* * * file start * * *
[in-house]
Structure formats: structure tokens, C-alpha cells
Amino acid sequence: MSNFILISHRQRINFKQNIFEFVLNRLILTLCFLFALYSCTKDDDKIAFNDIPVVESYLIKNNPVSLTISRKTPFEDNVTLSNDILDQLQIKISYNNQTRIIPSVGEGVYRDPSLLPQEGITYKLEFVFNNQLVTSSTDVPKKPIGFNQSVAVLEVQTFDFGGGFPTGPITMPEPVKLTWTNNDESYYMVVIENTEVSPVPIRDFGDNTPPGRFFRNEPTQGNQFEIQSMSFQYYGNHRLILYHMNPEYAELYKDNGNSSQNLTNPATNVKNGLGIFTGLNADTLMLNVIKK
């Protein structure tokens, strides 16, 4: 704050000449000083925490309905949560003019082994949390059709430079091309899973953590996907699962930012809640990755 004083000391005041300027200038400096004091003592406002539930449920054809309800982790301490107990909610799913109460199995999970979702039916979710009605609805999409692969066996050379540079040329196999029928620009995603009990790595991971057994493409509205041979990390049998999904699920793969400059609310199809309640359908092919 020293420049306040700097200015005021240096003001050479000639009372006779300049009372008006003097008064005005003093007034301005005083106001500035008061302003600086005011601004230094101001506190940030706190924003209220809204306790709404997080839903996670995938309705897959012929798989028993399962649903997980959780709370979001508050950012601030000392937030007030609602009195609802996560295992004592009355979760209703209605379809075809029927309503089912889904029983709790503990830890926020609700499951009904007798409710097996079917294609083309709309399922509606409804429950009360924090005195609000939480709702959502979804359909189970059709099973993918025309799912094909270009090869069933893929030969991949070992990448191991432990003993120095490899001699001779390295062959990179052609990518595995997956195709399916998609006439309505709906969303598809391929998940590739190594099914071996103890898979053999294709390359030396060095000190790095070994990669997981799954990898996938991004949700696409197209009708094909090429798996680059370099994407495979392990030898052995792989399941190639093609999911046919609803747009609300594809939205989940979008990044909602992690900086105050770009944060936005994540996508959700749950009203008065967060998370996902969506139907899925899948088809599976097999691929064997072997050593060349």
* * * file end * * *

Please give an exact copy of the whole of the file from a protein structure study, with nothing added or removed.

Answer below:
[in-house]
Structure formats: structure tokens, C-alpha cells
Amino acid sequence: MSNFILISHRQRINFKQNIFEFVLNRLILTLCFLFALYSCTKDDDKIAFNDIPVVESYLIKNNPVSLTISRKTPFEDNVTLSNDILDQLQIKISYNNQTRIIPSVGEGVYRDPSLLPQEGITYKLEFVFNNQLVTSSTDVPKKPIGFNQSVAVLEVQTFDFGGGFPTGPITMPEPVKLTWTNNDESYYMVVIENTEVSPVPIRDFGDNTPPGRFFRNEPTQGNQFEIQSMSFQYYGNHRLILYHMNPEYAELYKDNGNSSQNLTNPATNVKNGLGIFTGLNADTLMLNVIKK
């Protein structure tokens, strides 16, 4: 704050000449000083925490309905949560003019082994949390059709430079091309899973953590996907699962930012809640990755 004083000391005041300027200038400096004091003592406002539930449920054809309800982790301490107990909610799913109460199995999970979702039916979710009605609805999409692969066996050379540079040329196999029928620009995603009990790595991971057994493409509205041979990390049998999904699920793969400059609310199809309640359908092919 020293420049306040700097200015005021240096003001050479000639009372006779300049009372008006003097008064005005003093007034301005005083106001500035008061302003600086005011601004230094101001506190940030706190924003209220809204306790709404997080839903996670995938309705897959012929798989028993399962649903997980959780709370979001508050950012601030000392937030007030609602009195609802996560295992004592009355979760209703209605379809075809029927309503089912889904029983709790503990830890926020609700499951009904007798409710097996079917294609083309709309399922509606409804429950009360924090005195609000939480709702959502979804359909189970059709099973993918025309799912094909270009090869069933893929030969991949070992990448191991432990003993120095490899001699001779390295062959990179052609990518595995997956195709399916998609006439309505709906969303598809391929998940590739190594099914071996103890898979053999294709390359030396060095000190790095070994990669997981799954990898996938991004949700696409197209009708094909090429798996680059370099994407495979392990030898052995792989399941190639093609999911046919609803747009609300594809939205989940979008990044909602992690900086105050770009944060936005994540996508959700749950009203008065967060998370996902969506139907899925899948088809599976097999691929064997072997050593060349």